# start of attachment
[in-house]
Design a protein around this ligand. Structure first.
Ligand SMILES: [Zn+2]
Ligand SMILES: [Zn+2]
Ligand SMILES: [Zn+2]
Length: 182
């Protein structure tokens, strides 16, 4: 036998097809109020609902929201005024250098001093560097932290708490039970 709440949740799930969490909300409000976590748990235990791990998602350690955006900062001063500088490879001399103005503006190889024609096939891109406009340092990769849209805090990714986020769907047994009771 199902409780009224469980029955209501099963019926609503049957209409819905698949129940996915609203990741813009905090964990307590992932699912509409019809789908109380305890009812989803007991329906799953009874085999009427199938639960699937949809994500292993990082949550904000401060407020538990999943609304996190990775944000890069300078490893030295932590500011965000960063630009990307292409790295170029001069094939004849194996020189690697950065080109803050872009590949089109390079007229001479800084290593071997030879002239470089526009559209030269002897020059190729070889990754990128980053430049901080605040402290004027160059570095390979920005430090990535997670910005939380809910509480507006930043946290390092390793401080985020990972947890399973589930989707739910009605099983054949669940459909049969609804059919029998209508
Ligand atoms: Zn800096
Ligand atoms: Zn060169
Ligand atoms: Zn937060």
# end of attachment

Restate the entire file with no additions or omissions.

[in-house]
Design a protein around this ligand. Structure first.
Ligand SMILES: [Zn+2]
Ligand SMILES: [Zn+2]
Ligand SMILES: [Zn+2]
Length: 182
């Protein structure tokens, strides 16, 4: 036998097809109020609902929201005024250098001093560097932290708490039970 709440949740799930969490909300409000976590748990235990791990998602350690955006900062001063500088490879001399103005503006190889024609096939891109406009340092990769849209805090990714986020769907047994009771 199902409780009224469980029955209501099963019926609503049957209409819905698949129940996915609203990741813009905090964990307590992932699912509409019809789908109380305890009812989803007991329906799953009874085999009427199938639960699937949809994500292993990082949550904000401060407020538990999943609304996190990775944000890069300078490893030295932590500011965000960063630009990307292409790295170029001069094939004849194996020189690697950065080109803050872009590949089109390079007229001479800084290593071997030879002239470089526009559209030269002897020059190729070889990754990128980053430049901080605040402290004027160059570095390979920005430090990535997670910005939380809910509480507006930043946290390092390793401080985020990972947890399973589930989707739910009605099983054949669940459909049969609804059919029998209508
Ligand atoms: Zn800096
Ligand atoms: Zn060169
Ligand atoms: Zn937060």